What is a Medical Assistant?
Medical assistants work alongside physicians, mainly in outpatient or ambulatory care facilities, such as medical offices and clinics.
In Demand | Medical assisting is one of the nation’s careers growing much faster than average for all occupations, according to the United States Bureau of Labor Statistics, attributing job growth to the following:
- Predicted surge in the number of physicians’ offices and outpatient care facilities
- Technological advancements
- Growing number of elderly Americans who
- need medical treatment
Job Responsibilities | Medical assistants are cross-trained to perform administrative and clinical duties.
Here is a quick overview (duties vary from office to office depending on location, size, specialty, and state law):
Administrative Duties (may include, but not limited to):
- Using computer applications
- Answering telephones
- Greeting patients
- Updating and filing patient medical records
- Coding and filling out insurance forms
- Scheduling appointments
- Arranging for hospital admissions and laboratory services
- Handling correspondence, billing, and bookkeeping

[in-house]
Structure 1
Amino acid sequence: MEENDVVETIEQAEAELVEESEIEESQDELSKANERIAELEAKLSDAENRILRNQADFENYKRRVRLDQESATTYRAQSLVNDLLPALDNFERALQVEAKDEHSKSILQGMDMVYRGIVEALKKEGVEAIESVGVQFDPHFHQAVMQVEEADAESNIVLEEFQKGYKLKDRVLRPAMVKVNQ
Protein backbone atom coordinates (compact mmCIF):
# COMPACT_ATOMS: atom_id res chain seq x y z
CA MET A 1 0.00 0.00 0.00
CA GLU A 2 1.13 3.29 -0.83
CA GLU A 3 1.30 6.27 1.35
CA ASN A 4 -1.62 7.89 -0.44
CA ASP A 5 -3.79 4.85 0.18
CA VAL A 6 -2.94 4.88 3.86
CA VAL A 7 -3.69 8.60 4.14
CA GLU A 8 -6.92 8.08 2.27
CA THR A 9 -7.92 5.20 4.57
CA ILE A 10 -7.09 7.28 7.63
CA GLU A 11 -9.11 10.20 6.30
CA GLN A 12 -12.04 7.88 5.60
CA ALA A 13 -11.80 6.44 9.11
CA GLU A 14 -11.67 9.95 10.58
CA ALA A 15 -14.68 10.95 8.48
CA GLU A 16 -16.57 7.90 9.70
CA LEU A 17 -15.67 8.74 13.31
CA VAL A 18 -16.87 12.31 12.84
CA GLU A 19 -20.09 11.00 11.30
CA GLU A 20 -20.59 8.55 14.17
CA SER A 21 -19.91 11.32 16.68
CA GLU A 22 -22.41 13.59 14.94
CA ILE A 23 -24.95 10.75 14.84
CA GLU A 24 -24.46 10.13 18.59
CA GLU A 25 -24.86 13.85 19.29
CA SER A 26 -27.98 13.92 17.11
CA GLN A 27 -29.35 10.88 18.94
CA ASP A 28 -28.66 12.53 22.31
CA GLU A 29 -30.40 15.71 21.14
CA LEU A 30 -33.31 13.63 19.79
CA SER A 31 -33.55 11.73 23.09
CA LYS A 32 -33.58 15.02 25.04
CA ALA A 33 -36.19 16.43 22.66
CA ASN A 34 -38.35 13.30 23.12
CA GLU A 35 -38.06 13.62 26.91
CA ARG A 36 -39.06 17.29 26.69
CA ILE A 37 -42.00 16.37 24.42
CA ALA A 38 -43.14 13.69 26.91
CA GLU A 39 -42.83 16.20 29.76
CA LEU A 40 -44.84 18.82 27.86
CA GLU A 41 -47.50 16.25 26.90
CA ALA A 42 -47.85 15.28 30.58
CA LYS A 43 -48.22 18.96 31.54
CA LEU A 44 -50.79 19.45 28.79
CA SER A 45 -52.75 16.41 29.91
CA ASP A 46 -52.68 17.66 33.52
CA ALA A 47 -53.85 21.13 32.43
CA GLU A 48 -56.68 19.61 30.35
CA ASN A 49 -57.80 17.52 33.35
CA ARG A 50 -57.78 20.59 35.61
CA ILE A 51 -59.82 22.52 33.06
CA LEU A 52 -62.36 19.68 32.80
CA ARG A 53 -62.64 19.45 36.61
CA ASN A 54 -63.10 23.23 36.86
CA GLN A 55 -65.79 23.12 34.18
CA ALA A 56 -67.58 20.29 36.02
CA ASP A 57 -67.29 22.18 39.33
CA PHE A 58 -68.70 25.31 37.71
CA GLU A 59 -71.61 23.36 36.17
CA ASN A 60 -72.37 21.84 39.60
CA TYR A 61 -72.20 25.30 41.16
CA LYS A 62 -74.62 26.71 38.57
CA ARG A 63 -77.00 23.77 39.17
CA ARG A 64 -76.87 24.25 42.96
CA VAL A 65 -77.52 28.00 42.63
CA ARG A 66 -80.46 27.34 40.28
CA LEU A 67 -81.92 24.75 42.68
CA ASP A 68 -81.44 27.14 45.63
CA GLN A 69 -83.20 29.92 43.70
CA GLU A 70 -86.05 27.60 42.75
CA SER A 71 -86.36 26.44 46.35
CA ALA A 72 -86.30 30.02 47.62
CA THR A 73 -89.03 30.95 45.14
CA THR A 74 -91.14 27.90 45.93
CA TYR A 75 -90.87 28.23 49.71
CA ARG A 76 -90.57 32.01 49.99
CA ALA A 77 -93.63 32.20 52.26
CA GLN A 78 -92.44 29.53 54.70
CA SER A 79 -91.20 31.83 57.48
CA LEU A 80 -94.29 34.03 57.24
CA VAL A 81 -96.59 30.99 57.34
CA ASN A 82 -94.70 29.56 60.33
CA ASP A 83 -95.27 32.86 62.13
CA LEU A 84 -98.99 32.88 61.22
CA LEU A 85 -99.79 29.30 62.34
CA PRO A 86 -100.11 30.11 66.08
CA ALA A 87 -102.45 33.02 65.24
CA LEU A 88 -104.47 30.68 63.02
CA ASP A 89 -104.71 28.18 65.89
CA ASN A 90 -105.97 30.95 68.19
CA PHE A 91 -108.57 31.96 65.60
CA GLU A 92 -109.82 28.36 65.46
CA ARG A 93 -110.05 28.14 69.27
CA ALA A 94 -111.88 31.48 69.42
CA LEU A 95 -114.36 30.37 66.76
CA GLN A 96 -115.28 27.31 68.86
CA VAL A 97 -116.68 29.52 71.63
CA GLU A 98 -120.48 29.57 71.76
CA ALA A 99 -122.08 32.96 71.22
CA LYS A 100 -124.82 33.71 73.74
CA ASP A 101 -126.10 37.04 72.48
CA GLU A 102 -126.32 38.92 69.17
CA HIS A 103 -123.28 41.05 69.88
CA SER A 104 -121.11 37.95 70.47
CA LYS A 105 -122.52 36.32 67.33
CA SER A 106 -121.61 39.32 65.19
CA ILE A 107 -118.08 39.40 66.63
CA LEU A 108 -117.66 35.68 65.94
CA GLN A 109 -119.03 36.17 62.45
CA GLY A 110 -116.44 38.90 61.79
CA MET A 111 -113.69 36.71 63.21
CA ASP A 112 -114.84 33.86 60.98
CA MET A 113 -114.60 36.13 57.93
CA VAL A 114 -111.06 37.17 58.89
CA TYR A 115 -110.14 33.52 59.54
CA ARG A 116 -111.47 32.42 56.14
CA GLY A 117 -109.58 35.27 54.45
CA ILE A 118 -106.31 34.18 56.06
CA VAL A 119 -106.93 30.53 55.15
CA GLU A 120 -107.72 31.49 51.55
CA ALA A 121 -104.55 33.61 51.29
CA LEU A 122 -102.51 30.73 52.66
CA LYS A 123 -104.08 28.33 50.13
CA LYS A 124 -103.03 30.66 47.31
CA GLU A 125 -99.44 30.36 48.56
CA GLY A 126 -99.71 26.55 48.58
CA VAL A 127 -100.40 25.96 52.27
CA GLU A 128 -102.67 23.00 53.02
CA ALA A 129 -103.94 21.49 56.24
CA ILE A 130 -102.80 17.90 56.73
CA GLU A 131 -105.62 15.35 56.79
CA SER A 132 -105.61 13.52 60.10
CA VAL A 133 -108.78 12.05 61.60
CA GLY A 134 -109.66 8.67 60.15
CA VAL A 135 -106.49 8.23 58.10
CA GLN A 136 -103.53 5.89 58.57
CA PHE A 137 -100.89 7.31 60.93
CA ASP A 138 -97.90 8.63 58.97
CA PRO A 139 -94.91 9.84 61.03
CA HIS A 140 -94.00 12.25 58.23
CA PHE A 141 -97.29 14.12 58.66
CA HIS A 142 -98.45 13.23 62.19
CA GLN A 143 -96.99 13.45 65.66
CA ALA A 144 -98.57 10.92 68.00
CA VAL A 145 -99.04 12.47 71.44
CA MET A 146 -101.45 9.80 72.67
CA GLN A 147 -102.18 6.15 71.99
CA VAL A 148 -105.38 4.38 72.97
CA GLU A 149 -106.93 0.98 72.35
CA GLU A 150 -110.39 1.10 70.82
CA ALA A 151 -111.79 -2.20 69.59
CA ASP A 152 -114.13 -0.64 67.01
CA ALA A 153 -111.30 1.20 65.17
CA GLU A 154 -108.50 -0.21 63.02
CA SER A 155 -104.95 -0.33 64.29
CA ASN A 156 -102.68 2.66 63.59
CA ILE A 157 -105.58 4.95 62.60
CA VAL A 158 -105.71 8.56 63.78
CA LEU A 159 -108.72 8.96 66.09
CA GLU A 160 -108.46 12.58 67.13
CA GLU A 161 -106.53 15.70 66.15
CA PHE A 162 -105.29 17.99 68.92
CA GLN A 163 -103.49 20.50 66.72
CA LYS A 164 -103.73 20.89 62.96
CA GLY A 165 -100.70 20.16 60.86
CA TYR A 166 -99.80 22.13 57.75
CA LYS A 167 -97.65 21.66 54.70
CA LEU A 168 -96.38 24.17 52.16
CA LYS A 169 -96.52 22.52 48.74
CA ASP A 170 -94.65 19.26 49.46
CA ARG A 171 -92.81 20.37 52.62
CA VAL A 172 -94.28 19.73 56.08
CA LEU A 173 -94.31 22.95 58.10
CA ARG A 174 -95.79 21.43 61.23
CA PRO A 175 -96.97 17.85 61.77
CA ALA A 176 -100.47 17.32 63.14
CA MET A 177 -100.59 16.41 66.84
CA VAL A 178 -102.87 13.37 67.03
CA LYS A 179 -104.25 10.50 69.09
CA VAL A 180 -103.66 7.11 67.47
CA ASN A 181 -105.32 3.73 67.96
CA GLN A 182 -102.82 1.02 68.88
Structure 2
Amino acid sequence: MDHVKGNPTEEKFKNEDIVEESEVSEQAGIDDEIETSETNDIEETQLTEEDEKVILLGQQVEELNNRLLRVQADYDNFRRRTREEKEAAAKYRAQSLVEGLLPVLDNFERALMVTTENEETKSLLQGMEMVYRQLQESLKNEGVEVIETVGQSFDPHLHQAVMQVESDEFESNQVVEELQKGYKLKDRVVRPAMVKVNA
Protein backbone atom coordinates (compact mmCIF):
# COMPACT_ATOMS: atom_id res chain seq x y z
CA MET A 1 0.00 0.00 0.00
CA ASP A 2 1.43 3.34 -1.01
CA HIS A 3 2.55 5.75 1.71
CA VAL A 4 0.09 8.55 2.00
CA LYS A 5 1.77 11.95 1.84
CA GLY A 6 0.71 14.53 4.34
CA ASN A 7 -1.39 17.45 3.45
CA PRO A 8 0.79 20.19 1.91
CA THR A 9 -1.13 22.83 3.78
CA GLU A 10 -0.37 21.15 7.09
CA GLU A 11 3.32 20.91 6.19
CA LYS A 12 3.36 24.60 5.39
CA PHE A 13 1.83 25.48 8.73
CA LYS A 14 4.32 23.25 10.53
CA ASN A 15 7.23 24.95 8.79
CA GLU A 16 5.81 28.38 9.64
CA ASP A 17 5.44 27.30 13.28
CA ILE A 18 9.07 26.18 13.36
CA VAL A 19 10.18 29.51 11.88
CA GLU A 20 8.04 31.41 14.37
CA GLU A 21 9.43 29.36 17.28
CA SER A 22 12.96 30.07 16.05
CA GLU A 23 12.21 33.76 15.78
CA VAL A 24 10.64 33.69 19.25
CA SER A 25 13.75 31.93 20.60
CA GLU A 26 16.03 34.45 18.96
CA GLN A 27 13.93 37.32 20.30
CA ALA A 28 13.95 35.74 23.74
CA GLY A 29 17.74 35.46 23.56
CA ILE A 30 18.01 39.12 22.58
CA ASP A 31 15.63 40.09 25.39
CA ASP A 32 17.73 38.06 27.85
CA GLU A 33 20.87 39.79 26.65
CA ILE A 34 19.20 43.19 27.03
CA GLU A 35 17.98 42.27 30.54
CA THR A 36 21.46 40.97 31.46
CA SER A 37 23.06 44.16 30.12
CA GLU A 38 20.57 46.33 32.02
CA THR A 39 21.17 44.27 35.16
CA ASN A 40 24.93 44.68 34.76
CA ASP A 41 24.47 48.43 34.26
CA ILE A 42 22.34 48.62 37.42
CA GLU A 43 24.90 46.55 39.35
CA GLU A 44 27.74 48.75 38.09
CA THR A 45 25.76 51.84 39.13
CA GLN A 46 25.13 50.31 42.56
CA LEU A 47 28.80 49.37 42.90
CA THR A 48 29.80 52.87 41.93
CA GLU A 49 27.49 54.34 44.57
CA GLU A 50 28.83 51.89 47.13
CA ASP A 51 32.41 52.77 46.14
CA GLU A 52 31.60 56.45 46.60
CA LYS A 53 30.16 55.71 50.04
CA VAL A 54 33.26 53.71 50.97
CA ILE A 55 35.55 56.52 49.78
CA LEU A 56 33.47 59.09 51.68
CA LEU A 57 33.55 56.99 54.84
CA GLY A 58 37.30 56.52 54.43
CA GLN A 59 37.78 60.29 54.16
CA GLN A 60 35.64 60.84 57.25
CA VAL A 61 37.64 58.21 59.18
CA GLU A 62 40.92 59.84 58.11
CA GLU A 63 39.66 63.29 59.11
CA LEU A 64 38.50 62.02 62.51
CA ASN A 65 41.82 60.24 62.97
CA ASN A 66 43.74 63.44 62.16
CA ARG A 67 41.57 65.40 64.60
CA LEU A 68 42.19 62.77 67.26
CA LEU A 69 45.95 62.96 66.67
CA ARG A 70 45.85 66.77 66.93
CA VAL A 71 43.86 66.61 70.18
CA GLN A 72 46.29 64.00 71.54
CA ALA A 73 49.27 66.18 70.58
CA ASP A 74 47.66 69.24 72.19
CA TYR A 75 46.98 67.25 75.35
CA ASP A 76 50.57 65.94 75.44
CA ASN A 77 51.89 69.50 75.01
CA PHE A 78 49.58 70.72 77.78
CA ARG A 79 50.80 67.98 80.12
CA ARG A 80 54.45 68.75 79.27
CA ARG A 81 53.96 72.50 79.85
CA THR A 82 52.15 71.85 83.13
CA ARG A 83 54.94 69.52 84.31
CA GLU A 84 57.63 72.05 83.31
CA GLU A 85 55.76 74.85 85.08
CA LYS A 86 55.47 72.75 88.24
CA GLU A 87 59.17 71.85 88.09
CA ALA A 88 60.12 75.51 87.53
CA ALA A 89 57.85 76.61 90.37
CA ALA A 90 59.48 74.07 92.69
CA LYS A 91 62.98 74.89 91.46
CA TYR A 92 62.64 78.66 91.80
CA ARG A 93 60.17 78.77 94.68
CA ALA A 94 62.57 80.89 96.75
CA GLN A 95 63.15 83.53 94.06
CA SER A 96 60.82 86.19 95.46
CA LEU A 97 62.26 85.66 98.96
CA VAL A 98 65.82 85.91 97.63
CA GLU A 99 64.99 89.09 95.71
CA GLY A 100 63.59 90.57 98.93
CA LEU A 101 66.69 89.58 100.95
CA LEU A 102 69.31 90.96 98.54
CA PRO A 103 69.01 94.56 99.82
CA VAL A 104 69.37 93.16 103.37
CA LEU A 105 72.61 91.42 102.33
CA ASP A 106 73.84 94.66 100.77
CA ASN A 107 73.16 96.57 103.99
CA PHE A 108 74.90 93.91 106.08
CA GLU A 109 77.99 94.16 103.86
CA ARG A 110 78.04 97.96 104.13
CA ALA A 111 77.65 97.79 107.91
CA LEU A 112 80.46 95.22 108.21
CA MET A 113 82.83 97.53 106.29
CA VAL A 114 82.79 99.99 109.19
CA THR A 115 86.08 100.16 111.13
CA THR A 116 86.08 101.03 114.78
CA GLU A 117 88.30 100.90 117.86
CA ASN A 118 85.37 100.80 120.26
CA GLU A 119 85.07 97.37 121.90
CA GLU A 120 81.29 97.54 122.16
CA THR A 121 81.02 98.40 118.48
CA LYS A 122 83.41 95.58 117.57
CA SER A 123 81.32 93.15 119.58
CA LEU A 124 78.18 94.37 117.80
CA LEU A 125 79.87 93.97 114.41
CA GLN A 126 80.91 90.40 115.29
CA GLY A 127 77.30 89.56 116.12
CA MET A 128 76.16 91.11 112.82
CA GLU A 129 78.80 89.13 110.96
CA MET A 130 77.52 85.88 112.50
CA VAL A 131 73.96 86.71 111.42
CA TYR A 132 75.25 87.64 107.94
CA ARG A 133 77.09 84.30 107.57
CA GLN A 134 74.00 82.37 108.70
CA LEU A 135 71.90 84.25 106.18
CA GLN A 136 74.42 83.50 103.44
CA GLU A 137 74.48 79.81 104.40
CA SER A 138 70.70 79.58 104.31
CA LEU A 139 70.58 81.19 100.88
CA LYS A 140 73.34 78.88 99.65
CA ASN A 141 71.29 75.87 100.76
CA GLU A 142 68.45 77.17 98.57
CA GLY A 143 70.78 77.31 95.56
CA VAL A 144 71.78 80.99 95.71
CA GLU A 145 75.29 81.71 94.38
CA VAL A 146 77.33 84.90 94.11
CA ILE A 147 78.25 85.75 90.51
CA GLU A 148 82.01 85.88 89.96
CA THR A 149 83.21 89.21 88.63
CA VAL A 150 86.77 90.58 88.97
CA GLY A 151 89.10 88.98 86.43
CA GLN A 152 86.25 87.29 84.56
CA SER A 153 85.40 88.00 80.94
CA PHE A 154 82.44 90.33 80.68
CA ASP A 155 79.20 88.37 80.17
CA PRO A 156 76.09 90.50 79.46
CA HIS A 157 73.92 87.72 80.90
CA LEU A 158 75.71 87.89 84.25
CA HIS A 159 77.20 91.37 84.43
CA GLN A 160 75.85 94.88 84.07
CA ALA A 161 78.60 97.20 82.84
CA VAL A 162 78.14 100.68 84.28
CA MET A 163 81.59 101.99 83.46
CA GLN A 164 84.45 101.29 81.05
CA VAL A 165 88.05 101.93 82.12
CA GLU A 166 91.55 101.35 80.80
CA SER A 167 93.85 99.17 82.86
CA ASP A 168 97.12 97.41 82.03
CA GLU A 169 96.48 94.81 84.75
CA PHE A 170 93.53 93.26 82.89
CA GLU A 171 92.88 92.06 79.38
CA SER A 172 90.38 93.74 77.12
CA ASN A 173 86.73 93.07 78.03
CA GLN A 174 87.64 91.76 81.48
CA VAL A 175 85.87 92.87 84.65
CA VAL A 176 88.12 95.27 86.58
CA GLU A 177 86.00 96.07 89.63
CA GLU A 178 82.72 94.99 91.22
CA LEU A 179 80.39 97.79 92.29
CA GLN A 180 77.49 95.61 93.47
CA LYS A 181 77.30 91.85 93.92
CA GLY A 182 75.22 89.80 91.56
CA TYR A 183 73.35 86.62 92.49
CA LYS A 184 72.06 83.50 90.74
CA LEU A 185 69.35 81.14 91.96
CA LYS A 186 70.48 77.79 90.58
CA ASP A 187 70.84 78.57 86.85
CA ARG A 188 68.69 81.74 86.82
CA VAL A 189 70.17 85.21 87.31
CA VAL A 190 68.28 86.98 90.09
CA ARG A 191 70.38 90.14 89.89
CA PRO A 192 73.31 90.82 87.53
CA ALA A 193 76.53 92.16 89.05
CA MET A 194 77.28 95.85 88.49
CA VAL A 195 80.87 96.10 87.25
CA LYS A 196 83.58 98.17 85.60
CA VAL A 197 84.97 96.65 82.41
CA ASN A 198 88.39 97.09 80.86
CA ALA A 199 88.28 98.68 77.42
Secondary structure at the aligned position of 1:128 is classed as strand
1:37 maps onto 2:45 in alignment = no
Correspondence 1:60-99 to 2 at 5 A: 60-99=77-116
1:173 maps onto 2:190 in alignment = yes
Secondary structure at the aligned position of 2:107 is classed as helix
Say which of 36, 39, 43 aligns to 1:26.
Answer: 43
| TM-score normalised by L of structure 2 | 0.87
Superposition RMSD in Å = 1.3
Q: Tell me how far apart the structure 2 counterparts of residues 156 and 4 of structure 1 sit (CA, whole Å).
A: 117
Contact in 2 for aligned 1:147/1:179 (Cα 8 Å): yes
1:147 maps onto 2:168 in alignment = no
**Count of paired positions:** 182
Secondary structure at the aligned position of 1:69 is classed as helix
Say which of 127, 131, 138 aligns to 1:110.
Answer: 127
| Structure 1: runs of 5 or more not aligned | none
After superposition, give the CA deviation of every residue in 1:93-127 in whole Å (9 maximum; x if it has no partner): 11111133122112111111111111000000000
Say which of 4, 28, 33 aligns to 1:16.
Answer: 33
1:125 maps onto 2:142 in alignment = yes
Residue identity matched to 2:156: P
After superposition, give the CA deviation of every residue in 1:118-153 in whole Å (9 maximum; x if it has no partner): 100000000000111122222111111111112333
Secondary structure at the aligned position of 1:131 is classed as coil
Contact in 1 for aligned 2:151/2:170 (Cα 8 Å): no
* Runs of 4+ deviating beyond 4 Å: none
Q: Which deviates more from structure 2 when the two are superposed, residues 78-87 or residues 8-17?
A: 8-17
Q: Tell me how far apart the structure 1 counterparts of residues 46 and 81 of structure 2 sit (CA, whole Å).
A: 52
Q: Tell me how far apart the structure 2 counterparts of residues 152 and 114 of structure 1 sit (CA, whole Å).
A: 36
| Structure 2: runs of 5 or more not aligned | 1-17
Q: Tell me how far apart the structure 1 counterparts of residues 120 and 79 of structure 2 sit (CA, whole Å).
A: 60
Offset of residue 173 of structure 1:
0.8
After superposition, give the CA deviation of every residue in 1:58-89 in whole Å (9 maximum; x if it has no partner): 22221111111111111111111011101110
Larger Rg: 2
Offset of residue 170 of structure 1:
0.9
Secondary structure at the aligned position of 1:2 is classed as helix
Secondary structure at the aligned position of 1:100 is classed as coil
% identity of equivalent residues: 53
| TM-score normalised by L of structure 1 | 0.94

Clinical Duties (may include, but not limited to):
- Taking medical histories
- Explaining treatment procedures to patients
- Preparing patients for examination
- Assisting the physician during exams
- Collecting and preparing laboratory specimens
- Performing basic laboratory tests
- Instructing patients about medication and special diets
- Preparing and administering medications as directed by a physician
- Transmitting prescription refills as directed
- Drawing blood
- Taking electrocardiograms
- Removing sutures and changing dressings
Patient Liaison | Medical assistants are instrumental in helping patients feel at ease in the physician’s office and often explain the physician’s instructions.
PCMH Team Member | Medical assistants are essential members of the Patient-Centered Medical Home team. According to a survey by the Healthcare Intelligence Network, medical assistants ranked as one of the top five professionals necessary to the PCMH team.
CMA (AAMA) Certification | Many employers of allied health personnel prefer, or even insist, that their medical assistants are CMA (AAMA) certified.
The American Association of Medical Assistants (AAMA) offers certification to graduates of medical assisting programs accredited by the Commission on Accreditation of Allied Health Education Programs (CAAHEP) or the Accrediting Bureau of Health Education Schools (ABHES).